Other Amps

Lightening the load.


Not thinning the herd, mind you - which I should do. (In fact, anyone got a hanker for a nice MusicMan RD65-112? Silvertone 1484 and 2-12 cab? 80s Fender Concert?)

And it's not about being practical and going light; I already have a 1-12 Tech21 Trademark 60 which, at 36 lbs, isn't a heavyweight. And even my default "main amp," the Classic 30, is only 39 lbs.

It's not about going cheap, either; I have all the gear I need. One of the challenges of my golden years is thinking of stuff to want. That doesn't mean I want to blow money, or that I need the most expensive option imaginable; it just means this will all be new expenditure, and is not undertaken to save a buck.

This is mostly about trending futuristic to a tiny tiny 3 lb amp (or maybe two, I'm all stereo). I think any number of us are old enough for a 3 lb amp to sound like a good thing. Even in my hermetic isolation, I've become aware of the many small, very light high-powered amps meant either for jazz-clean playing (yeah right) or as a pristine palette for pedals - most of which can be pedalboard-mounted.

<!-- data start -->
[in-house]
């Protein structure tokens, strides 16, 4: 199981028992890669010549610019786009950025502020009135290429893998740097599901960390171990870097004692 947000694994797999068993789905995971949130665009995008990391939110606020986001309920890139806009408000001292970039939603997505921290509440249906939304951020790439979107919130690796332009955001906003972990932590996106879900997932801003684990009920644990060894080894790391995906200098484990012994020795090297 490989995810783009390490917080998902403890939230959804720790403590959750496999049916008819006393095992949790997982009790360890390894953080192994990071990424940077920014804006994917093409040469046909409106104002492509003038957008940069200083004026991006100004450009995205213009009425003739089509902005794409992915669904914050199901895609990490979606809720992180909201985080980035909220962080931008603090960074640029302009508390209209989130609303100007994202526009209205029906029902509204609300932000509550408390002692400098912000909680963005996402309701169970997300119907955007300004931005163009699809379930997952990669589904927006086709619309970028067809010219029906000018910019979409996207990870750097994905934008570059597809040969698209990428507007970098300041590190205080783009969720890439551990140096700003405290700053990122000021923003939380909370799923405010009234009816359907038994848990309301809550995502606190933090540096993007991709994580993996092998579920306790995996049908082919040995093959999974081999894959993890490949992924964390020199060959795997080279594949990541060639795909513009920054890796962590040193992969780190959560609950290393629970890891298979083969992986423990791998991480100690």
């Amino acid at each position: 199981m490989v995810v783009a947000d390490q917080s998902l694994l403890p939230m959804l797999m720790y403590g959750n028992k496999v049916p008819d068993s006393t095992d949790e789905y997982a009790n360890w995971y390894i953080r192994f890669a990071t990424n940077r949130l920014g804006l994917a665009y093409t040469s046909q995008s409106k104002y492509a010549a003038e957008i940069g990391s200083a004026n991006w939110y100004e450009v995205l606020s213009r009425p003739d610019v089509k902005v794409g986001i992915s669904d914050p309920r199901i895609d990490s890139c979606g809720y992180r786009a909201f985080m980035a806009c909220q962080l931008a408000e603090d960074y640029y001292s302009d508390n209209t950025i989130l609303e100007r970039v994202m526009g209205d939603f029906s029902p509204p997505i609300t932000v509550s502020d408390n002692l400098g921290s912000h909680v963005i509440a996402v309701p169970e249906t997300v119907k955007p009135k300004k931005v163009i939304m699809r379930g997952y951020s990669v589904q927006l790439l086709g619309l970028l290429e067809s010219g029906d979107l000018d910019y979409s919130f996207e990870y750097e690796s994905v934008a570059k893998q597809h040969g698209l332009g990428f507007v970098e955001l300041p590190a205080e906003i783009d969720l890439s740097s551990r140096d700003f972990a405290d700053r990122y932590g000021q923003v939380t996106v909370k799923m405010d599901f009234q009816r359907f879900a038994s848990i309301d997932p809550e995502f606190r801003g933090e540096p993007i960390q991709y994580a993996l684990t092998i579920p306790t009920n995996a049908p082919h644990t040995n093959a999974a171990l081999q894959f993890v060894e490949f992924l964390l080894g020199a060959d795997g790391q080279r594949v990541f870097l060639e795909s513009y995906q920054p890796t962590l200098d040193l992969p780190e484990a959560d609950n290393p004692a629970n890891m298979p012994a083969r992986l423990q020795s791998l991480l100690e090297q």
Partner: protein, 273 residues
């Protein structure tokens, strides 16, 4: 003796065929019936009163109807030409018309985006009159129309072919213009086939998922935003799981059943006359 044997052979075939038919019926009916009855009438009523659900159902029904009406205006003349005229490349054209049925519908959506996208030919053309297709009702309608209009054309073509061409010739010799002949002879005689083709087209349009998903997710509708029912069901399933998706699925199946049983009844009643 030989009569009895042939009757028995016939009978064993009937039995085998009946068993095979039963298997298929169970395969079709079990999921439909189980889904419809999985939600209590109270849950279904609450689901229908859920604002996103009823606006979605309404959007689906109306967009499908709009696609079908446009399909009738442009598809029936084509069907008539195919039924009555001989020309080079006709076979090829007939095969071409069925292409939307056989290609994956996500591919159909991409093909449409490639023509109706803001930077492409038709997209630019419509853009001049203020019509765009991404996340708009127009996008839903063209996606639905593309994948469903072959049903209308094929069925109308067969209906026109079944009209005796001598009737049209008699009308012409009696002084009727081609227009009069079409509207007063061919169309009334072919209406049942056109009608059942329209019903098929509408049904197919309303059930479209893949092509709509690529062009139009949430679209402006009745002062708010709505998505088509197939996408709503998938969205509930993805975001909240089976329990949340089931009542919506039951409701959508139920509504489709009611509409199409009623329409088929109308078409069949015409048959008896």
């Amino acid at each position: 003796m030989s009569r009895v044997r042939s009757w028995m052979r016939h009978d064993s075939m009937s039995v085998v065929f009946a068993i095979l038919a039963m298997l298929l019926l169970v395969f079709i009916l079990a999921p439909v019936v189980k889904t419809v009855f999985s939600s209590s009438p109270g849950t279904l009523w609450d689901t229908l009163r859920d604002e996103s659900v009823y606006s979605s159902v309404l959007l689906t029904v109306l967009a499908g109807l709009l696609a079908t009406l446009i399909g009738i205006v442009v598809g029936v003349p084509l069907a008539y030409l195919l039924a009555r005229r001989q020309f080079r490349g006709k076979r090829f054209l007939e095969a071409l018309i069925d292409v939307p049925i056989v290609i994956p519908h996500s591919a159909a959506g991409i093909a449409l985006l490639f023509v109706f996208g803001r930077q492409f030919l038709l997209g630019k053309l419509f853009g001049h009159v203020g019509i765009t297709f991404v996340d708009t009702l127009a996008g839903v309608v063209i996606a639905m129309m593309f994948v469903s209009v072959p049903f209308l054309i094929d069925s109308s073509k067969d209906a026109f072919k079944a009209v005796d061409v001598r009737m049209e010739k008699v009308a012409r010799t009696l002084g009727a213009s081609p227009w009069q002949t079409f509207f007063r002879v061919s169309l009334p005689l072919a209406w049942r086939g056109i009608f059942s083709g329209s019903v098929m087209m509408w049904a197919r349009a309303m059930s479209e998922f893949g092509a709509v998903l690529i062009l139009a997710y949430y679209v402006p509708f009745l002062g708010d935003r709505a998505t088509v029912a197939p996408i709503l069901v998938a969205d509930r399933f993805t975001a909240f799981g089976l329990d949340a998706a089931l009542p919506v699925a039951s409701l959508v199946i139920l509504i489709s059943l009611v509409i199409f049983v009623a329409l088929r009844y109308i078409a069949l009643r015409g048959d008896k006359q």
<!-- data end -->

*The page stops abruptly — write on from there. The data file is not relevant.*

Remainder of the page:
Since I'm already fascinated by Quilter's compact and capable amps, I'm pretty decided on the Quilter MicroBlock 45, which is the size of a single-wide Boss pedal - and by all reports, punches like a 30-50 watt tube amp.

My primary burden at a gig is carrying the pedalboard in and out anyway, because yes I'm that guy (make your judgment and move on) - so another 6 lbs wouldn't make much difference there. (Two MB45s, see, for stereo.)

We can all see where the dilemma lay: speaker cabs.

Which is what I came here to ask about. While I've used 2-12 cabs with heads in the past (we used to call them "piggyback"), I've been an open-back combo player for years. I'm comfortable with that format; it fills the stage nicely, blooms nicely if well placed near walls, and does the job out front for my purposes.